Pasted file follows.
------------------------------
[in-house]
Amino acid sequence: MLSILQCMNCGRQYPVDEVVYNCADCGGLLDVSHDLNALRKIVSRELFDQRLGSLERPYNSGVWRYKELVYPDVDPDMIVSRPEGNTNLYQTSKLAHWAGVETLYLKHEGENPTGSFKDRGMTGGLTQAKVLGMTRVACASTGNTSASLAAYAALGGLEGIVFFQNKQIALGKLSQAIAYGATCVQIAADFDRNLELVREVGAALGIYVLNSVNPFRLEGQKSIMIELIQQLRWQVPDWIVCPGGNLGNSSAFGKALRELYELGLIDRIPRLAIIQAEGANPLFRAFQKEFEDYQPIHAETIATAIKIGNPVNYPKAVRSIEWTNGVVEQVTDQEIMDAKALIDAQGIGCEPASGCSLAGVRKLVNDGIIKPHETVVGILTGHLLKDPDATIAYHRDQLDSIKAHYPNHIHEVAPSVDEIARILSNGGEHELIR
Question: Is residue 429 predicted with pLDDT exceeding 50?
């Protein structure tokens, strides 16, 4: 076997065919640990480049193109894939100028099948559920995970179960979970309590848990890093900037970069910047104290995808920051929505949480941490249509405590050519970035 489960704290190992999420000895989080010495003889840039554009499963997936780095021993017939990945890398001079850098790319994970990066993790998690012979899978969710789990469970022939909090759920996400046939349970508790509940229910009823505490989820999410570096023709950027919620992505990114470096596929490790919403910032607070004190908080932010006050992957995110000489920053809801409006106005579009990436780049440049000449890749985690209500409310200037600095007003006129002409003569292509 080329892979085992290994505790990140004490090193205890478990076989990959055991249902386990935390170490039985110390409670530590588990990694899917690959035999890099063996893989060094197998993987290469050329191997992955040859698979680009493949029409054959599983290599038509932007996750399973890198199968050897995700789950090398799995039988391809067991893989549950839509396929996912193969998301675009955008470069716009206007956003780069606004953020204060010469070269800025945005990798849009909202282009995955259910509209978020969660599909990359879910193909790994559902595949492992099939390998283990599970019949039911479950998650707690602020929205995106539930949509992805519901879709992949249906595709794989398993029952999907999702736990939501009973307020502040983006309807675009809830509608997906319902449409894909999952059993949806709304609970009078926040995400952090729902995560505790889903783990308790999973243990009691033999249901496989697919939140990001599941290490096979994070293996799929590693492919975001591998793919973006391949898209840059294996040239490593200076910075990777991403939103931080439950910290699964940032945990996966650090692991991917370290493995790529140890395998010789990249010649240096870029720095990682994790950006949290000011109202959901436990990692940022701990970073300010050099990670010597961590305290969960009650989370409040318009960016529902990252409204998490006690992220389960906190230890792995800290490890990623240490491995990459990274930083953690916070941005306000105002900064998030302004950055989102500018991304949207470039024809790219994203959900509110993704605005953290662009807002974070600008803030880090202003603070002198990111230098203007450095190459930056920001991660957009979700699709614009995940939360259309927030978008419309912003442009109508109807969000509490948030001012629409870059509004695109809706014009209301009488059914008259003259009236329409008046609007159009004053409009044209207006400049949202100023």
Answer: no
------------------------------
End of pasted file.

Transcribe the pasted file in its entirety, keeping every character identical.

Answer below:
[in-house]
Amino acid sequence: MLSILQCMNCGRQYPVDEVVYNCADCGGLLDVSHDLNALRKIVSRELFDQRLGSLERPYNSGVWRYKELVYPDVDPDMIVSRPEGNTNLYQTSKLAHWAGVETLYLKHEGENPTGSFKDRGMTGGLTQAKVLGMTRVACASTGNTSASLAAYAALGGLEGIVFFQNKQIALGKLSQAIAYGATCVQIAADFDRNLELVREVGAALGIYVLNSVNPFRLEGQKSIMIELIQQLRWQVPDWIVCPGGNLGNSSAFGKALRELYELGLIDRIPRLAIIQAEGANPLFRAFQKEFEDYQPIHAETIATAIKIGNPVNYPKAVRSIEWTNGVVEQVTDQEIMDAKALIDAQGIGCEPASGCSLAGVRKLVNDGIIKPHETVVGILTGHLLKDPDATIAYHRDQLDSIKAHYPNHIHEVAPSVDEIARILSNGGEHELIR
Question: Is residue 429 predicted with pLDDT exceeding 50?
């Protein structure tokens, strides 16, 4: 076997065919640990480049193109894939100028099948559920995970179960979970309590848990890093900037970069910047104290995808920051929505949480941490249509405590050519970035 489960704290190992999420000895989080010495003889840039554009499963997936780095021993017939990945890398001079850098790319994970990066993790998690012979899978969710789990469970022939909090759920996400046939349970508790509940229910009823505490989820999410570096023709950027919620992505990114470096596929490790919403910032607070004190908080932010006050992957995110000489920053809801409006106005579009990436780049440049000449890749985690209500409310200037600095007003006129002409003569292509 080329892979085992290994505790990140004490090193205890478990076989990959055991249902386990935390170490039985110390409670530590588990990694899917690959035999890099063996893989060094197998993987290469050329191997992955040859698979680009493949029409054959599983290599038509932007996750399973890198199968050897995700789950090398799995039988391809067991893989549950839509396929996912193969998301675009955008470069716009206007956003780069606004953020204060010469070269800025945005990798849009909202282009995955259910509209978020969660599909990359879910193909790994559902595949492992099939390998283990599970019949039911479950998650707690602020929205995106539930949509992805519901879709992949249906595709794989398993029952999907999702736990939501009973307020502040983006309807675009809830509608997906319902449409894909999952059993949806709304609970009078926040995400952090729902995560505790889903783990308790999973243990009691033999249901496989697919939140990001599941290490096979994070293996799929590693492919975001591998793919973006391949898209840059294996040239490593200076910075990777991403939103931080439950910290699964940032945990996966650090692991991917370290493995790529140890395998010789990249010649240096870029720095990682994790950006949290000011109202959901436990990692940022701990970073300010050099990670010597961590305290969960009650989370409040318009960016529902990252409204998490006690992220389960906190230890792995800290490890990623240490491995990459990274930083953690916070941005306000105002900064998030302004950055989102500018991304949207470039024809790219994203959900509110993704605005953290662009807002974070600008803030880090202003603070002198990111230098203007450095190459930056920001991660957009979700699709614009995940939360259309927030978008419309912003442009109508109807969000509490948030001012629409870059509004695109809706014009209301009488059914008259003259009236329409008046609007159009004053409009044209207006400049949202100023």
Answer: no